Considerations

In patients with normal adrenal function who have other autoimmune endocrine diseases, the prevalence of antiadrenal autoantibodies in serum is low (2%), the exception being those with hypoparathyroidism, in whom the figure is substantially higher (16%).[8, 9]

Autoimmune adrenal insufficiency may be either familial or nonfamilial (acquired); when occurring alone, rather than as part of APS type I or II, it is somewhat less likely to be familial. About half the patients who have adrenal insufficiency as part of APS type I or II have affected family members, compared with only about one third of patients who have autoimmune adrenal insufficiency alone.

As the enzyme 21-hydroxylase is involved in the metabolism of both mineralocorticoids (aldosterone) and glucocorticoids (cortisol) (see figure above), impaired 21-hydroxylase function due to the binding antibodies can lead to deficiency in both of these types of hormones. On the other hand, patients have an elevated serum concentration of 17-α hydroxyprogesterone, progesterone, 17-α hydroxypregnenolone, and pregnenolone. Adrenal androgens, DHEA-S, DHEA, and 3-α androstanediol (a metabolite of androgens) are also often elevated in these patients.

Women might present with hirsutism (mild), polycystic ovarian syndrome (PCOS) and primary and secondary amenorrhea. The adrenals might become hyperplasic and the patient might have low serum sodium and chloride levels and hyperkalemia (salt-wasting forms).[2]

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Contributor Information and Disclosures
Author

Alina G Sofronescu, PhD Assistant Professor, Board Certified Clinical Chemist, Technical Director of Clinical Chemistry Laboratory, Department of Pathology and Microbiology, University of Nebraska Medical Center

Alina G Sofronescu, PhD is a member of the following medical societies: American Association for Clinical Chemistry, Canadian Society of Clinical Chemists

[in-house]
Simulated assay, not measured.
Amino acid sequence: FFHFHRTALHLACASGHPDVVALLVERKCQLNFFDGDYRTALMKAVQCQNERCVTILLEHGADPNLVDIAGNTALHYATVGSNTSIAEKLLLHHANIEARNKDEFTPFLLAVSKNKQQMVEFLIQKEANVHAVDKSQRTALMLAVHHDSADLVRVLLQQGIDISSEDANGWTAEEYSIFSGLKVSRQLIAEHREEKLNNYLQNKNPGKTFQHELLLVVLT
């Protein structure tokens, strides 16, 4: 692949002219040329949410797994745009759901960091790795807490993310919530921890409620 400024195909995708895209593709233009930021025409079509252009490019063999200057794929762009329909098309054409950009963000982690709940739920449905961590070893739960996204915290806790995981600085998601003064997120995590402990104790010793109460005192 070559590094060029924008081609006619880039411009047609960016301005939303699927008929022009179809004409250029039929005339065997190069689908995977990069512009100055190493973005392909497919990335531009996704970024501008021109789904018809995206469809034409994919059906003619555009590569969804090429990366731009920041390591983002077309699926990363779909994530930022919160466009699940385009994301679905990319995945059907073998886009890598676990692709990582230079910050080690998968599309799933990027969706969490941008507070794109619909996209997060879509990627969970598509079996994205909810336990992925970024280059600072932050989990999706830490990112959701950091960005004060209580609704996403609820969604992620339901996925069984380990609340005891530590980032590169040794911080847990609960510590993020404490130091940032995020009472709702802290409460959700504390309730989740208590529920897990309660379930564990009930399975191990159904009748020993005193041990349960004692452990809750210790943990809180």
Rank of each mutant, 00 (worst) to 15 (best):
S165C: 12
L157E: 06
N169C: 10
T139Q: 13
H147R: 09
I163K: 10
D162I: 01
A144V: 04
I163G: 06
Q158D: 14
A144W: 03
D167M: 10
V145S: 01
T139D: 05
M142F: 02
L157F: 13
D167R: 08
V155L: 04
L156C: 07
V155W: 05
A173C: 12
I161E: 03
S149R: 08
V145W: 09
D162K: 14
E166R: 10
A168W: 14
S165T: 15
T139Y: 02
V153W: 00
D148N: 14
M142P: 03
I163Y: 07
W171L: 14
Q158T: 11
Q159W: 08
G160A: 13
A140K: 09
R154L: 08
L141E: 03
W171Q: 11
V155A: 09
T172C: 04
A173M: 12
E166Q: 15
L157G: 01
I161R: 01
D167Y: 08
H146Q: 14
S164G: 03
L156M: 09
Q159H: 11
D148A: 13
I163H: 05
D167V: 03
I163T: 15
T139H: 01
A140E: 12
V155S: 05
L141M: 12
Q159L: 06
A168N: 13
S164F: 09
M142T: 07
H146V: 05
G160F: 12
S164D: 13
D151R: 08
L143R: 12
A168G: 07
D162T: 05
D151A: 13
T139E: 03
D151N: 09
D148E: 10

Disclosure: Nothing to disclose.

Chief Editor

Eric B Staros, MD Associate Professor of Pathology, St Louis University School of Medicine; Director of Clinical Laboratories, Director of Cytopathology, Department of Pathology, St Louis University Hospital

Eric B Staros, MD is a member of the following medical societies: American Medical Association, American Society for Clinical Pathology, College of American Pathologists, Association for Molecular Pathology

Disclosure: Nothing to disclose.

References
  1. Nerup J. Addison's disease--serological studies. Acta Endocrinol (Copenh). 1974 May. 76(1):142-58. [Medline].

  2. Burtis CA, Ashwood ER, Bruns DE. Tietz Textbook of Clinical Chemistry and Molecular Diagnostics. 4th ed. Philadelphia, Pa: Saunders; 2006.

  3. Dalla Costa M, Bonanni G, Masiero S, Faggian D, Chen S, Furmaniak J, et al. Gonadal function in males with autoimmune Addison's disease and autoantibodies to steroidogenic enzymes. Clin Exp Immunol. 2014 Jun. 176(3):373-9. [Medline]. [Full Text].

  4. Horn MA, Erichsen MM, Wolff AS, Månsson JE, Husebye ES, Tallaksen CM, et al. Screening for X-linked adrenoleukodystrophy among adult men with Addison's disease. Clin Endocrinol (Oxf). 2013 Sep. 79(3):316-20. [Medline].

  5. Husebye ES, Allolio B, Arlt W, Badenhoop K, Bensing S, Betterle C, et al. Consensus statement on the diagnosis, treatment and follow-up of patients with primary adrenal insufficiency. J Intern Med. 2014 Feb. 275(2):104-15. [Medline].

  6. Boscaro M, Betterle C, Sonino N, Volpato M, Paoletta A, Fallo F. Early adrenal hypofunction in patients with organ-specific autoantibodies and no clinical adrenal insufficiency. J Clin Endocrinol Metab. 1994 Aug. 79(2):452-5. [Medline].

  7. McHardy-Young S, Lessof MH, Maisey MN. Serum TSH and thyroid antibody studies in Addison's disease. Clin Endocrinol (Oxf). 1972 Jan. 1(1):45-56. [Medline].

  8. Irvine WJ, Barnes EW. Addison's disease, ovarian failure and hypoparathyroidism. Clin Endocrinol Metab. 1975. 4:379.

  9. Blizzard RM, Chee D, Davis W. The incidence of parathyroid and other antibodies in the sera of patients with idiopathic hypoparathyroidism. Clin Exp Immunol. 1966 Apr. 1(2):119-28. [Medline]. [Full Text].